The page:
Best Practice 5 – Calibrator of Responsibility and Accountability™
Three essays are associated with this best practice, one focusing on the best practice itself and the other two providing concepts that complement this best practice, but also offer a somewhat different perspective.
In this essay, the critical success skills associated with this best practice are identified, as are the BE attitudes that aligns with this practice. This essay concerns the ability to execute strategies well with implemented action plans, have vigilant awareness of progress towards goals, require peak performance with support and buy-in from all, have clear consistent accountabilities and follow through, and be aware of trends, adapt to change and recalibrate as necessary.
Is it possible to drive high performance in sales and profit way beyond industry averages and at the same time drive high engagement in the workplace? I know that the answer is yes and have experienced it. The reason this not happening everywhere is that a fundamental shift in the perception of leaders is necessary. This shift is from seeing profit as the goal to profit as the result of meaningful things done in fulfilling ways. Although this may sound improbable in the first place, the secret is found in corporate leaders becoming as fully responsible for Common Humanity in the workplace as they are for sustainable profit. It’s not about “either/or.” It’s about both at the same time. Being responsible for both is one thing. The art is in knowing when each of both aspects needs most attention.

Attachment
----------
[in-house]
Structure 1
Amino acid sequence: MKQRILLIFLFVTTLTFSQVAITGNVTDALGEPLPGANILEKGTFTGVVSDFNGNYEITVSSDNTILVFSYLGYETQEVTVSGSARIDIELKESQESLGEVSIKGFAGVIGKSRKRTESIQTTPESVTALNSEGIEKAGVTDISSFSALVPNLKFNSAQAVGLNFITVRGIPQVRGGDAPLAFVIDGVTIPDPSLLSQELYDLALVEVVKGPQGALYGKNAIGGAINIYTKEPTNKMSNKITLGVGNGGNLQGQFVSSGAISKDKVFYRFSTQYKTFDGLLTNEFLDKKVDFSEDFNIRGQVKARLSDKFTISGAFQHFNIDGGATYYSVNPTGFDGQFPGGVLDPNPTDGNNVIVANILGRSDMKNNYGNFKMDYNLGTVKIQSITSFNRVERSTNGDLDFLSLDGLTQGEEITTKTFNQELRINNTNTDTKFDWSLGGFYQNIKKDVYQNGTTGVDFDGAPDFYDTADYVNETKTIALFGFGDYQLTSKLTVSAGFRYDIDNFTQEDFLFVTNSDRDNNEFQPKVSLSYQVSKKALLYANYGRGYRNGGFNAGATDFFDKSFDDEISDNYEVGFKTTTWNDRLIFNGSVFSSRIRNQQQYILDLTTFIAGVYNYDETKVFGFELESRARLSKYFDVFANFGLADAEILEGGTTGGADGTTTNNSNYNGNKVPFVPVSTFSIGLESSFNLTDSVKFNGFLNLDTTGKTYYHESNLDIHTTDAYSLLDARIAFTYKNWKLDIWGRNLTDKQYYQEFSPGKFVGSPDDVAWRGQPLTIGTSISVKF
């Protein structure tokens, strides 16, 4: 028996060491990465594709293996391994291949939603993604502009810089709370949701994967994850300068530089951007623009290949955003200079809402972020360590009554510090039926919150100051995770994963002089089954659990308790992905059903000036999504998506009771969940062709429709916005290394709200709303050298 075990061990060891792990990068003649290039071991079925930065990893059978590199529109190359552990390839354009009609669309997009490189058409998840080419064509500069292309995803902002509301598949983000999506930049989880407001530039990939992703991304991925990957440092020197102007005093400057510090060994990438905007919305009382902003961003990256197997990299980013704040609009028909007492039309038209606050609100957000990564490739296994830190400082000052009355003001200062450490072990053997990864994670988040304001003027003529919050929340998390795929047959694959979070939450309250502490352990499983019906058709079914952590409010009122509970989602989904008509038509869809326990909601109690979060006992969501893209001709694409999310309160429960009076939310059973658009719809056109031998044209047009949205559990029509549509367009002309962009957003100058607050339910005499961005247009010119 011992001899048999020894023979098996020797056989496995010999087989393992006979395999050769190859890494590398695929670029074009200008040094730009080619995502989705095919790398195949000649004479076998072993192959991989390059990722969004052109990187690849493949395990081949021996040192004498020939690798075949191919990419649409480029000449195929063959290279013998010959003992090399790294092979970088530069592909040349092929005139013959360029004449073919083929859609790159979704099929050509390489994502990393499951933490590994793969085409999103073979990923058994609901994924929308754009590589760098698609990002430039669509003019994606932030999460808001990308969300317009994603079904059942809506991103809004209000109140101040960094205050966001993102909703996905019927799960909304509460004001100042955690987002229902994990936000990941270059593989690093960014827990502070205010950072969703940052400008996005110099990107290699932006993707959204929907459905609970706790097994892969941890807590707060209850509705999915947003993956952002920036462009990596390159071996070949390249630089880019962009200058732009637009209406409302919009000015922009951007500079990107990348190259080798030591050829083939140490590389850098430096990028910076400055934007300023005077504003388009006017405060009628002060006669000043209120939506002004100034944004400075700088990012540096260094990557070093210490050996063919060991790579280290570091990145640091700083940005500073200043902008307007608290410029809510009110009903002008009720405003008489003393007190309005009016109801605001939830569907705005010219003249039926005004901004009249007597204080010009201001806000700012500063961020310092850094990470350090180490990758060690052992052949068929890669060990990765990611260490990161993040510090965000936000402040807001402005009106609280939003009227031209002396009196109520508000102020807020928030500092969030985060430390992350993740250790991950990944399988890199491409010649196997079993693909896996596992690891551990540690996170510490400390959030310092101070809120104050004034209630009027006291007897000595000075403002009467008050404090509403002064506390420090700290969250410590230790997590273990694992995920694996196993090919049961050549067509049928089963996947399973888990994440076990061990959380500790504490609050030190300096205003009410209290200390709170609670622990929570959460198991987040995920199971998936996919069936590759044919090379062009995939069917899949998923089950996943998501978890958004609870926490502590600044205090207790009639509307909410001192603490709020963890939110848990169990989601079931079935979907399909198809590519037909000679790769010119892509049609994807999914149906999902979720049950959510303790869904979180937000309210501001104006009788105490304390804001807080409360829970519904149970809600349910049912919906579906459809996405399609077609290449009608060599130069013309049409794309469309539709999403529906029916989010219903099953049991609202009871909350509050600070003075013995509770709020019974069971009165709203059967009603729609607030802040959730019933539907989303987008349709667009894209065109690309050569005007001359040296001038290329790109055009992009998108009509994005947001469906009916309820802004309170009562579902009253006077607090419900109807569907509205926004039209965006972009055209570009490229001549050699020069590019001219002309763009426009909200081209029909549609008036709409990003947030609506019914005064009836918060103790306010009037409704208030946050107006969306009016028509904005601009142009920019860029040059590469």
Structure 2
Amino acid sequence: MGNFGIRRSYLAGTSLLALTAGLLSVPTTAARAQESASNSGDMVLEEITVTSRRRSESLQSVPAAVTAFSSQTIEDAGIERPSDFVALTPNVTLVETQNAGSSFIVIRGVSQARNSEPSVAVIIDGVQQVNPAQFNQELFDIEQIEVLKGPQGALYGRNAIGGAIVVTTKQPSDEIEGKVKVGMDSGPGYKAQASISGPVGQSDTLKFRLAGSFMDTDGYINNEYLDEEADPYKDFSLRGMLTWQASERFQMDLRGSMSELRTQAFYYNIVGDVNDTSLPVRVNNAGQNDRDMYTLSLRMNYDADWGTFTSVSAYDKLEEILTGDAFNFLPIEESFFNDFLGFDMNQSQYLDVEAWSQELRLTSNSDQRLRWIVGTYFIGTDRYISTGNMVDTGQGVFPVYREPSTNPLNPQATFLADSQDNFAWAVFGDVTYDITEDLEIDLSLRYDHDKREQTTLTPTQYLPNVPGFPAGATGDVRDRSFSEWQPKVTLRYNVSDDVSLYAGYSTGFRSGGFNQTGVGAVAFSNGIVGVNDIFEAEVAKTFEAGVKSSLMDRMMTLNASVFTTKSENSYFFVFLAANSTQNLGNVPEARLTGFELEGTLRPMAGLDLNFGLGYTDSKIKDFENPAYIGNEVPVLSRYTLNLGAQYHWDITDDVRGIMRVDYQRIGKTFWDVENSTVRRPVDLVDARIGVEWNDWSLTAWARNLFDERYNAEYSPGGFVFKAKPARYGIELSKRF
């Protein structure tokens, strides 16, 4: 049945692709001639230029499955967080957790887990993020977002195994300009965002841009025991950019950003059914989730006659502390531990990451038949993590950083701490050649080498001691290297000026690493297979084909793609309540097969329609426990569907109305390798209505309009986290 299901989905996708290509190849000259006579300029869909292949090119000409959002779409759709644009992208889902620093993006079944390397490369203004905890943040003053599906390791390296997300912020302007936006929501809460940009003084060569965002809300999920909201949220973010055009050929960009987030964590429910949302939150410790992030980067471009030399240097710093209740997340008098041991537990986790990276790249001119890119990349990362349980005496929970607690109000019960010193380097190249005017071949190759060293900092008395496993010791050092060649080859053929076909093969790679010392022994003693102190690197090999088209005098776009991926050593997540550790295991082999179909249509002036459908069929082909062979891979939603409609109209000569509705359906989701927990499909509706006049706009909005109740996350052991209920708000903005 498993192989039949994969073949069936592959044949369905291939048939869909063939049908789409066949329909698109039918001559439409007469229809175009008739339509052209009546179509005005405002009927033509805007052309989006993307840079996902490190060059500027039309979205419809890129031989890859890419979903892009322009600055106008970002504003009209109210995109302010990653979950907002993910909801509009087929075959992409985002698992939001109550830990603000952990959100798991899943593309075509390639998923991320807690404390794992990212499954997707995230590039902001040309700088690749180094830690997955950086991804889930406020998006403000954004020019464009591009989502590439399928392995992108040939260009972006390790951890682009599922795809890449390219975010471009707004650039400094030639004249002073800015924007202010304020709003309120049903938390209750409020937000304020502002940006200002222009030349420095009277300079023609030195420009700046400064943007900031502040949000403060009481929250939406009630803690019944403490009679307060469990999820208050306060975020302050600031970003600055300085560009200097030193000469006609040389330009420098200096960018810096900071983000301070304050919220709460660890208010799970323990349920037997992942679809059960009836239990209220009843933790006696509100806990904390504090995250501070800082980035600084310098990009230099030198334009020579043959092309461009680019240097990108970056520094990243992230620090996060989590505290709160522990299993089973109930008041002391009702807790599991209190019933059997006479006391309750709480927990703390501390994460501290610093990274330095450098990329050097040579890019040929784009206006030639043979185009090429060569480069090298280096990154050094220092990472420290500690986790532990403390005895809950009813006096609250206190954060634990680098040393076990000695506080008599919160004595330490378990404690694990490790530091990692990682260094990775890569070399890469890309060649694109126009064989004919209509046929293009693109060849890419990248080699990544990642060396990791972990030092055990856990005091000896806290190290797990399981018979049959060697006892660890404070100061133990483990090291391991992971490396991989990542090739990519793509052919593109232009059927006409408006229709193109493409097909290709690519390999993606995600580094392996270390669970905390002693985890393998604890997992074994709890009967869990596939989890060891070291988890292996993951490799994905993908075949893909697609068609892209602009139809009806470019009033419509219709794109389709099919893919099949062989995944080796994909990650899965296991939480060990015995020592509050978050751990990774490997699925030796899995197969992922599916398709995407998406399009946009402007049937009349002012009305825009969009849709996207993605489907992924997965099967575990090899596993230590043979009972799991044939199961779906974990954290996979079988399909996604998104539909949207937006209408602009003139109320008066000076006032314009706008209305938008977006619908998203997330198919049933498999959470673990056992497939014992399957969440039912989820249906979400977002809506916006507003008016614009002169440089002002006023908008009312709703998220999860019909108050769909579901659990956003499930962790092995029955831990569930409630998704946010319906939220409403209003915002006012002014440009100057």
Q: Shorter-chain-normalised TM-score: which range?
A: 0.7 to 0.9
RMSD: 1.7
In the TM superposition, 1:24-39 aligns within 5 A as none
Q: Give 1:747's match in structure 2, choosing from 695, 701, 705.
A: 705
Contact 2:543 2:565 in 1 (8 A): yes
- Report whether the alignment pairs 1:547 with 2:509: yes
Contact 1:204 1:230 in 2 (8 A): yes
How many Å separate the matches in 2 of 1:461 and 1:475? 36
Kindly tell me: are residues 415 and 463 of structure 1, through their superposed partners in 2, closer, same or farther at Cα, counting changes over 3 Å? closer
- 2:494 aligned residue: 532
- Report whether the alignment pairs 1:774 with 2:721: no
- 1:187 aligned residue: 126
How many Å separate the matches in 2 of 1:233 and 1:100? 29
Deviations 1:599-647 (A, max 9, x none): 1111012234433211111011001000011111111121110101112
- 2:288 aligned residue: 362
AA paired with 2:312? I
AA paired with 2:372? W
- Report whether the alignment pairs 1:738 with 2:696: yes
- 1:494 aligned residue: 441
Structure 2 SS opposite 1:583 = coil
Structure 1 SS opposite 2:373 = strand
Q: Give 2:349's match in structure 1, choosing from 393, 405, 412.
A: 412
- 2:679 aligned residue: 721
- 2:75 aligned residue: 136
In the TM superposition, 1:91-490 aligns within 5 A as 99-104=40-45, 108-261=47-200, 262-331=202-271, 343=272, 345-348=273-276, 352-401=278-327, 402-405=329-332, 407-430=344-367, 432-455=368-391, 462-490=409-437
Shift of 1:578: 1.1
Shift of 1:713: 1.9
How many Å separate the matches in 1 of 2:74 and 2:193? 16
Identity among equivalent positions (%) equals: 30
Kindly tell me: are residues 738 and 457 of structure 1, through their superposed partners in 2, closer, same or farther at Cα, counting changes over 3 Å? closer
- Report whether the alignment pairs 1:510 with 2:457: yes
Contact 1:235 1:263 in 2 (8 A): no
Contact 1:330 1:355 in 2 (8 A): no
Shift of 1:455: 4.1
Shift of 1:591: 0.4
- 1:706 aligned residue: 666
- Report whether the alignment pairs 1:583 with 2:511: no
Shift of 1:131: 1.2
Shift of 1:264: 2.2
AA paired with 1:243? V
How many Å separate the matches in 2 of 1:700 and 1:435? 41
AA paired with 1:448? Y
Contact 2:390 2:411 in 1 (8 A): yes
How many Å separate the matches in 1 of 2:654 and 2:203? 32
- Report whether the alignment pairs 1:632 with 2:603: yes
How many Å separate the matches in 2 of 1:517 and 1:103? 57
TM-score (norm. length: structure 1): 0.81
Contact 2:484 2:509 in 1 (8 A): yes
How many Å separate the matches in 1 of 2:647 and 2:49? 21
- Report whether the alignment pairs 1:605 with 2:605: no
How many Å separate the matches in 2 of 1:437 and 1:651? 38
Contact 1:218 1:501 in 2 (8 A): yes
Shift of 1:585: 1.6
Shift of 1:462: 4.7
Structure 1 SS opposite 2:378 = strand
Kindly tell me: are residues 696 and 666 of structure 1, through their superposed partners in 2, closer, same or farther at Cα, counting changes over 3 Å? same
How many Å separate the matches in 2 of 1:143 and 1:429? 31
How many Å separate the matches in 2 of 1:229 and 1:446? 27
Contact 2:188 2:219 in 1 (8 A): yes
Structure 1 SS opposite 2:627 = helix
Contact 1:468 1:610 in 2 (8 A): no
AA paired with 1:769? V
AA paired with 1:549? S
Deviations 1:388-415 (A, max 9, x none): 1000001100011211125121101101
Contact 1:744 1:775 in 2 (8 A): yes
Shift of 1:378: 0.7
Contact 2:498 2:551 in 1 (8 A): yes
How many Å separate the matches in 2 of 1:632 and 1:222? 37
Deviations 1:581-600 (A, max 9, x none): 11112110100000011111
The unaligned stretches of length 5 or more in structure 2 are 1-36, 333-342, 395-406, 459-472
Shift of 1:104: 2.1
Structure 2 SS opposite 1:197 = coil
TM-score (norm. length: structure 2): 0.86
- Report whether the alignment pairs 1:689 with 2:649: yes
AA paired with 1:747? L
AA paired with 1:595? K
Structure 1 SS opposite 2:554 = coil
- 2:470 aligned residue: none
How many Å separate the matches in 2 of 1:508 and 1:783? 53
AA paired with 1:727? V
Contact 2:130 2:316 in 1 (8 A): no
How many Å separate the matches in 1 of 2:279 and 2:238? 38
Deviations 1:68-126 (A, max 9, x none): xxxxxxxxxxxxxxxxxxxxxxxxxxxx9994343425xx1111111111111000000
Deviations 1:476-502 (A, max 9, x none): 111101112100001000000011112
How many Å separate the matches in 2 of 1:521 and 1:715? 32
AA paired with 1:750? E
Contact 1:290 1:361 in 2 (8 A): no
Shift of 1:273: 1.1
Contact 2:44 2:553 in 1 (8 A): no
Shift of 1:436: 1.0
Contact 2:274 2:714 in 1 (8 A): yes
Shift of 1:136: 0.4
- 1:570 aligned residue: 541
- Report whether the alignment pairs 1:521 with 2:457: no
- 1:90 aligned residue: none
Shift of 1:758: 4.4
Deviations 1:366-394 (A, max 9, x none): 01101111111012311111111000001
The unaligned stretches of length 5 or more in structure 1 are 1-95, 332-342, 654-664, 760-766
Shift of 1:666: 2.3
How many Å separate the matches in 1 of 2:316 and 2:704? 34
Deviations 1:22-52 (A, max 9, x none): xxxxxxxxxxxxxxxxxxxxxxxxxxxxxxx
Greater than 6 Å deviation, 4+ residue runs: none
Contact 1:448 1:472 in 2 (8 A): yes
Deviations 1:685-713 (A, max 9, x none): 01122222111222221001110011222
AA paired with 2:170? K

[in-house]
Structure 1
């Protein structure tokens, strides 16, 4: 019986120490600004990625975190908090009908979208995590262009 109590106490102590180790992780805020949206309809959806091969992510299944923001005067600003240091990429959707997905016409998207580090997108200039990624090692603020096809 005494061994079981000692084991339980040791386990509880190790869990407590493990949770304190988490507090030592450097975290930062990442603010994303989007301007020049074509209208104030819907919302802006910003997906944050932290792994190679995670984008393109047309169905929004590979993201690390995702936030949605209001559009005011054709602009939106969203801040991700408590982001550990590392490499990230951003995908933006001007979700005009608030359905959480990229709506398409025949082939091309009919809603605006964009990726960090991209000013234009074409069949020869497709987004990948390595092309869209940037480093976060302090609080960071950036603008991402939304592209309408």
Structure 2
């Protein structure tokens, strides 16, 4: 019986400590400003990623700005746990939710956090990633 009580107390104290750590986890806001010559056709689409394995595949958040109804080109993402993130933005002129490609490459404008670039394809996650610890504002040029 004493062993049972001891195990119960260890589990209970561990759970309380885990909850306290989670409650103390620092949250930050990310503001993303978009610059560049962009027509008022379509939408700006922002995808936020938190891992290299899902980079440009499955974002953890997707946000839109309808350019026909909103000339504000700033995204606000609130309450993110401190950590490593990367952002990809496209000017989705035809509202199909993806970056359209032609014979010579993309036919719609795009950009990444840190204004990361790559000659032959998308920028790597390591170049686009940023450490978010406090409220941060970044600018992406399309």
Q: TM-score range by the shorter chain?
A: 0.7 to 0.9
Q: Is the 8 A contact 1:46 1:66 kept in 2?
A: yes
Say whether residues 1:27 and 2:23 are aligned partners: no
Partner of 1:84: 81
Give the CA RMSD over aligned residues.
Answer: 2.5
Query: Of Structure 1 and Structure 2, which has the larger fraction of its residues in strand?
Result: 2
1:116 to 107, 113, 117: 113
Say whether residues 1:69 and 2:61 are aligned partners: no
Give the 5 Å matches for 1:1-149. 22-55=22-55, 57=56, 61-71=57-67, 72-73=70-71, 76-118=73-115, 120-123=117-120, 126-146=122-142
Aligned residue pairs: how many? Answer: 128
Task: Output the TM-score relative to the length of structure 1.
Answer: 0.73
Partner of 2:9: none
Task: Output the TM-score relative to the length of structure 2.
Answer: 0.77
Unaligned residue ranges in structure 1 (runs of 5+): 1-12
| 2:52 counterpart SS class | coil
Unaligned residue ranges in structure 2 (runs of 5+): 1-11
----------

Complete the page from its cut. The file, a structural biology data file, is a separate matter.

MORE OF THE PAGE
Organizations that subscribe to the systemic paradigm recognize the failings of this approach. They know that leaders working in an ever-changing complex system need a constant, ceaseless, regular flow of feedback if they are to be most effective. But feedback is hard to source unless everyone in the organization is comfortable asking for and receiving feedback, which is why some organizations seek to build feedback cultures. Some organizations see periodic feedback programs as a blocker toward enabling feedback cultures. If everyone knows that everyone else will be undertaking a 360 feedback exercise every year, it takes the onus off providing feedback on an ongoing basis, so goes the thinking.1K Club